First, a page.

Cancer Society programs lifts spirits

Mary Thomson had not worn eye makeup for a year. She had lost her eyebrows and her hair, and even her wig was frizzier than she would have liked.

“I’ve felt I’ve looked bad, and I wanted to look better and feel better,” Thomson said.

On Thursday night, Thomson, of Potomac, had the chance to do just that.

Along with three other women, Thomson attended the American Cancer Society’s Look Good … Feel Better, a program in which local cosmetologists volunteer to show women undergoing cancer treatment how to combat the appearance-related effects of chemotherapy and radiation.

Hope Morley, an intern at the American Cancer Society, said the Illinois eastern region office holds these sessions once a month, and has helped 70 women over the past year.

The next session will be held on Aug. 10 at the American Cancer Society office, 2509 S. Neil St., Morley said.

“Cancer patients get down in their spirits,” Morley said. “This program is about being pampered, it’s about you, and looking good again.”

Thursday’s session was held at Country Cuts, 3701 E. Curtis Rd., with cosmetologist Lorri Boastick. Boastick said she heard about the program through another cosmetologist, and has been hosting about four sessions a year for the past five years.

“It’s always amazing,” Boastick said. “I love the transformations.”

Each woman receives a free makeup kit provided by the Personal Care Products Council Foundation and the National Cosmetology Association. All of the makeup is donated, and ranges from brands like Cover Girl and Estee Lauder to Mary Kay and Chanel. Morley said although the program is free, the women must register beforehand so that enough makeup kits are available, and so the right kit can be provided for their skin tone.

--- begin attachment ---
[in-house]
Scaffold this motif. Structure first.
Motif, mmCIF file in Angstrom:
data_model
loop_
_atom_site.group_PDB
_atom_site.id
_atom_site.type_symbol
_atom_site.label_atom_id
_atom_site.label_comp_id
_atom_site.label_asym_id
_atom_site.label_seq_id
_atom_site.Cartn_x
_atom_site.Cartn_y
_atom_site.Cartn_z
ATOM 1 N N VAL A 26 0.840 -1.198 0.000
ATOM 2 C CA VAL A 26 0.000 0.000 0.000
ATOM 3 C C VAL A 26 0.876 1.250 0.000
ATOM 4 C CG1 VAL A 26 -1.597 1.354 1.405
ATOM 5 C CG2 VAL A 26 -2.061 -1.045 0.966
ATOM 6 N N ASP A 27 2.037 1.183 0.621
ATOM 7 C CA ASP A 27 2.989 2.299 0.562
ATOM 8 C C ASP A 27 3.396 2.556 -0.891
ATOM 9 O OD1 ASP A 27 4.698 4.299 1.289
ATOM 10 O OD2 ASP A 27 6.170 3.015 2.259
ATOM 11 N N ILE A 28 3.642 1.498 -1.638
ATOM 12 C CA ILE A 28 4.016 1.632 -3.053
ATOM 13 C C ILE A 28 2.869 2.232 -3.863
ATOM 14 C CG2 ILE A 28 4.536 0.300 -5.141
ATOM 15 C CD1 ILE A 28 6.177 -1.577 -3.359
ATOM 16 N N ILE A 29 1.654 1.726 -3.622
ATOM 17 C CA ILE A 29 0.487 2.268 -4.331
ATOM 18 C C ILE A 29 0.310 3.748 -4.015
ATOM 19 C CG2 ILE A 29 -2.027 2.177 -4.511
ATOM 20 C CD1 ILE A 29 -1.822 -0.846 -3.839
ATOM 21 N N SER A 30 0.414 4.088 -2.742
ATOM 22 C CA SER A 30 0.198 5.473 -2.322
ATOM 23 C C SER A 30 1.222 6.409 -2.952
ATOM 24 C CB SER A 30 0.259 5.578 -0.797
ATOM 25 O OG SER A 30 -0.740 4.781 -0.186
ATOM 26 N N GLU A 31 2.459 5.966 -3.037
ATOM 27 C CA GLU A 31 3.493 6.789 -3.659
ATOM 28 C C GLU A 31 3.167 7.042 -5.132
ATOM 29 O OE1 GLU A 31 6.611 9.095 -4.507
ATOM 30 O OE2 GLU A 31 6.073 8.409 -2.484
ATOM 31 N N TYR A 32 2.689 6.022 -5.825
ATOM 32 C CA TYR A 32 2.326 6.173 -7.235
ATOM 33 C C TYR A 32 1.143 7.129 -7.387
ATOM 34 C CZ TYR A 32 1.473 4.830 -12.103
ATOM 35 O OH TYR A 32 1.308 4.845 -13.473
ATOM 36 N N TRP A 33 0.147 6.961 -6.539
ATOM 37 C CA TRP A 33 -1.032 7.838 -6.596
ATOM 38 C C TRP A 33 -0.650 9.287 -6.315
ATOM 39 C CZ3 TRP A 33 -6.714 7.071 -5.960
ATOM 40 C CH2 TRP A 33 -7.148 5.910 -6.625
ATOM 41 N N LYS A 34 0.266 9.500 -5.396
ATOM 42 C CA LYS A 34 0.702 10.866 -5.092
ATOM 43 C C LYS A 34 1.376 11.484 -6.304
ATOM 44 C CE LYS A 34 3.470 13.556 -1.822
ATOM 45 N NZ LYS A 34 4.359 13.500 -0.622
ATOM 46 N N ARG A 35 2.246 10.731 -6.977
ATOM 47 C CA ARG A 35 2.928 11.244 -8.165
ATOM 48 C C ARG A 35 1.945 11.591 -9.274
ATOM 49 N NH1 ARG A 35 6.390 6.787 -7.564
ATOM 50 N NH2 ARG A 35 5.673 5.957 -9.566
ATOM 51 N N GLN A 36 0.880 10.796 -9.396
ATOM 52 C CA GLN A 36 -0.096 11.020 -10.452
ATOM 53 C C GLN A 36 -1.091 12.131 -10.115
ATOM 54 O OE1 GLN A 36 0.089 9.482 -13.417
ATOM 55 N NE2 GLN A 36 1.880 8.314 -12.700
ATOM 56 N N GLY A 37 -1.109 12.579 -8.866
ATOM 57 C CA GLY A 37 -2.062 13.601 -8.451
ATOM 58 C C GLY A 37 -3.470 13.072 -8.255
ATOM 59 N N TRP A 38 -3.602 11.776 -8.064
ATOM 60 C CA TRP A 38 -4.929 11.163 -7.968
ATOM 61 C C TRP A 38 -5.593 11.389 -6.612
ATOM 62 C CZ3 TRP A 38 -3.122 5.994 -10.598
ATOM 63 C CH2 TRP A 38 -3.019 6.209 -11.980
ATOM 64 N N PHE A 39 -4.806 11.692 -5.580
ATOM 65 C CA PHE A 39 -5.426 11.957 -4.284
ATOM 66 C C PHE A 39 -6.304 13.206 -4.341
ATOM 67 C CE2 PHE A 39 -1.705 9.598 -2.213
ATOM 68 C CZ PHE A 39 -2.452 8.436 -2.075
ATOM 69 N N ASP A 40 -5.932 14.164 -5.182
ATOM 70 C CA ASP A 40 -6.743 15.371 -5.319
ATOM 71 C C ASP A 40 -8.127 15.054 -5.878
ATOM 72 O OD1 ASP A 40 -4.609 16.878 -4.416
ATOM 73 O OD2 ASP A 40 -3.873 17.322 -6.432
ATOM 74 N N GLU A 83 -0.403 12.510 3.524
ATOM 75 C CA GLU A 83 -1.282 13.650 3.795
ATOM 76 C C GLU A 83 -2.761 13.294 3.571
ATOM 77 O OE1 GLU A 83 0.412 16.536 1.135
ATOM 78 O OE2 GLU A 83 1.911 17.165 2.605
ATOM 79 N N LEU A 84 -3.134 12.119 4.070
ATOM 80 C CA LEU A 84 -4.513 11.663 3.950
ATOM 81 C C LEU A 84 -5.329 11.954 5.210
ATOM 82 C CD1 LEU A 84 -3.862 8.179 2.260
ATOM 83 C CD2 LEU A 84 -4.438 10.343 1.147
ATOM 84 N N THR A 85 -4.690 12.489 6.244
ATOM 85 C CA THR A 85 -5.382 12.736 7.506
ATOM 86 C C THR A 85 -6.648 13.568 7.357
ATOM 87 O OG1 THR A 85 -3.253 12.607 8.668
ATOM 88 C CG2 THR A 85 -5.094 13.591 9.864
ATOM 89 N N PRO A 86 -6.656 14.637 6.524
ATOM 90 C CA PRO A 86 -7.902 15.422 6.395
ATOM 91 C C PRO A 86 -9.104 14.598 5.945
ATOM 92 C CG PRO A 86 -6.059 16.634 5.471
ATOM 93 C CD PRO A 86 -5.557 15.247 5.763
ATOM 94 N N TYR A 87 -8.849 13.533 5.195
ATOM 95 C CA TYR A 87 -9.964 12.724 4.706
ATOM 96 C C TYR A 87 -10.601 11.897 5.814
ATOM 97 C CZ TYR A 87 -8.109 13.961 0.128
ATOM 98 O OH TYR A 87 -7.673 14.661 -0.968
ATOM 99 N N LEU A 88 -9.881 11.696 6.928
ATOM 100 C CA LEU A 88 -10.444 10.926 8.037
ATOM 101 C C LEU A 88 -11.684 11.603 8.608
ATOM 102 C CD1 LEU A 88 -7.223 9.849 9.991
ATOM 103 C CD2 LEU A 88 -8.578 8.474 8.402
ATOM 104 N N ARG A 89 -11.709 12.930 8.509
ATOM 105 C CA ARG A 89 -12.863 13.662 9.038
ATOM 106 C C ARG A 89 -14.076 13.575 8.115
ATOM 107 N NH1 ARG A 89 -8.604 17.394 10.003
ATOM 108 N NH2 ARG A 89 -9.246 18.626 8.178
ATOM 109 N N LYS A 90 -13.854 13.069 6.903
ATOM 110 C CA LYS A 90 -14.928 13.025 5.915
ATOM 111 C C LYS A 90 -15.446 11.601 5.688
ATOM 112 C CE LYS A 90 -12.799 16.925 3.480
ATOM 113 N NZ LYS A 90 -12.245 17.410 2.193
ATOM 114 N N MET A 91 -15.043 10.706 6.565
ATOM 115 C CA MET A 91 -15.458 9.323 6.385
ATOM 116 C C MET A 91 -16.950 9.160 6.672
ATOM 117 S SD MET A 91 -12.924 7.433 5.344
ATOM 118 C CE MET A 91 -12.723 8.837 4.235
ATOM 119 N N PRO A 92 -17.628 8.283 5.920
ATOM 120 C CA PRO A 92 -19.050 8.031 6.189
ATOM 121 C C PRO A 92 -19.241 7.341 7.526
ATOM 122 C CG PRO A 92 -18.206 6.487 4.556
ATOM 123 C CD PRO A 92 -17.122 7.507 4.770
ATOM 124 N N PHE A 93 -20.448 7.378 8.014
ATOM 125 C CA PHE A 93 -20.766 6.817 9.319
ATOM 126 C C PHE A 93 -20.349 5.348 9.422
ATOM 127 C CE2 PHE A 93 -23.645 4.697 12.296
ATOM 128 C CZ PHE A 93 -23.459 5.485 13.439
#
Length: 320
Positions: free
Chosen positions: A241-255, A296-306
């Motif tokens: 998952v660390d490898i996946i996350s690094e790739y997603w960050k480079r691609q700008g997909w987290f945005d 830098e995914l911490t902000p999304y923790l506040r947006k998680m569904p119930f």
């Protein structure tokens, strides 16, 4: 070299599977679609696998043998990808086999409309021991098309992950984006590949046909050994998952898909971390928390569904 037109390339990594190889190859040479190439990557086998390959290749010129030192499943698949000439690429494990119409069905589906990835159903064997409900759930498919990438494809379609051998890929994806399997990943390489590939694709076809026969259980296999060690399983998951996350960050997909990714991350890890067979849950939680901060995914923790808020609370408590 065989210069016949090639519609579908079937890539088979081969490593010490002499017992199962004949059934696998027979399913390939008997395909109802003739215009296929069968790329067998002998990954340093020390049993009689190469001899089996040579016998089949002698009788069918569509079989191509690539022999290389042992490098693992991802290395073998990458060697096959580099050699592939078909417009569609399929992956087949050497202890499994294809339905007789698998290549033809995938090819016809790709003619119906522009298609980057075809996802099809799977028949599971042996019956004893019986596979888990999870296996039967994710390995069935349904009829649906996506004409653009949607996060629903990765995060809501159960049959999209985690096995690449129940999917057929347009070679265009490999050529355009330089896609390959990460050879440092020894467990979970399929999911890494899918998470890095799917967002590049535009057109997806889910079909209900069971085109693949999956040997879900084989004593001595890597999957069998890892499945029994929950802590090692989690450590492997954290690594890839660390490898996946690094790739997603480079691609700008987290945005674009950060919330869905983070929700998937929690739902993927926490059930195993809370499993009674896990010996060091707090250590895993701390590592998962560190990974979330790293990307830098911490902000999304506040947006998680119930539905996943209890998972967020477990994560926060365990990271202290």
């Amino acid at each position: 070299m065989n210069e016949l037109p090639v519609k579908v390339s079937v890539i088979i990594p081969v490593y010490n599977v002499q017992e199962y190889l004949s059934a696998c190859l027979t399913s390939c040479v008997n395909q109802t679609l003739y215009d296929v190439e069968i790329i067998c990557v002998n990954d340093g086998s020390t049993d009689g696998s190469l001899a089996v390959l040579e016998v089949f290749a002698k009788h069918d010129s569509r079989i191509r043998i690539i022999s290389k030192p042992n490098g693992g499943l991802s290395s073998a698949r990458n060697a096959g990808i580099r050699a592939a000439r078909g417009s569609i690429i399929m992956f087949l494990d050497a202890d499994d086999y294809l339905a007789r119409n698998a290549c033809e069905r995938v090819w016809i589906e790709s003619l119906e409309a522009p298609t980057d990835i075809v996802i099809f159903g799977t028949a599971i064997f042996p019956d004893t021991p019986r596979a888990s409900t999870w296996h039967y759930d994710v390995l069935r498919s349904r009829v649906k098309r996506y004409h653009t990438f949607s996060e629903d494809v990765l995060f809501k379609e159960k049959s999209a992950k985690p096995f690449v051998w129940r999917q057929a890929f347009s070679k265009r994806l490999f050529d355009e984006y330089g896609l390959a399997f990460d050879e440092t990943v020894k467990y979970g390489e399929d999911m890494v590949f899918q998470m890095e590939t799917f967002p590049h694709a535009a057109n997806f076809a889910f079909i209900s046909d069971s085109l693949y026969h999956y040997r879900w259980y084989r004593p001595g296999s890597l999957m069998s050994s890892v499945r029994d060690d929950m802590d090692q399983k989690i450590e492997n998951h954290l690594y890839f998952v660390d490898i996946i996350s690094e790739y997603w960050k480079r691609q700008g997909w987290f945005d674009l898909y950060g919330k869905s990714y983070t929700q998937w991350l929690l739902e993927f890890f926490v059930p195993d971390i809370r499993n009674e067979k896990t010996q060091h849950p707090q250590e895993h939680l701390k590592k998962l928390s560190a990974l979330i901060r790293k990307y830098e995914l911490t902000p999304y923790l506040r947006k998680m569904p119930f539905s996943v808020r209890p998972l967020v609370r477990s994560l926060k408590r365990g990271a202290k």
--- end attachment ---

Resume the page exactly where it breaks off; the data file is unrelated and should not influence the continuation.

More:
“We try to keep the sessions small so that they can have individualized attention,” Morley said.

Boastick showed the women how to apply concealer, blush, eye shadow, eye liner, mascara and lipstick. She demonstrated the techniques on one side of each woman’s face, and then let them apply the other side on their own, encouraging them as they went.

Ann Harmon, of Champaign, said she had lost her eyebrows, so the tips she found most helpful were how to use makeup and eyebrow pencils to create natural-looking eyebrows that didn’t look drawn on.

Theresa Ritchie, of Westville, said she was in the first round of treatment, and had not yet lost all of her hair or eyebrows. She said she was told that her hair would be gone by the end of July, but she did not know about losing her eyebrows too.

“They go as fast as the hair,” Harmon told Ritchie.

This chance to meet and talk with other women who are going through the same situation was another aspect of the program the women said was beneficial.

“It’s good to get with other people that have the same problems,” Thomson said. “You do learn things.”

The women discussed the changes that have come about because of their treatment.

Melodie Ounkham, of Urbana, said she has noticed a change in her complexion, particularly more noticeable dark circles under her eyes. She said the techniques she learned at Look Good … Feel Better helped her hide the circles, and bring out her positivity.

“It brings up your self-esteem,” Ounkham said. “It just makes you feel better all around.”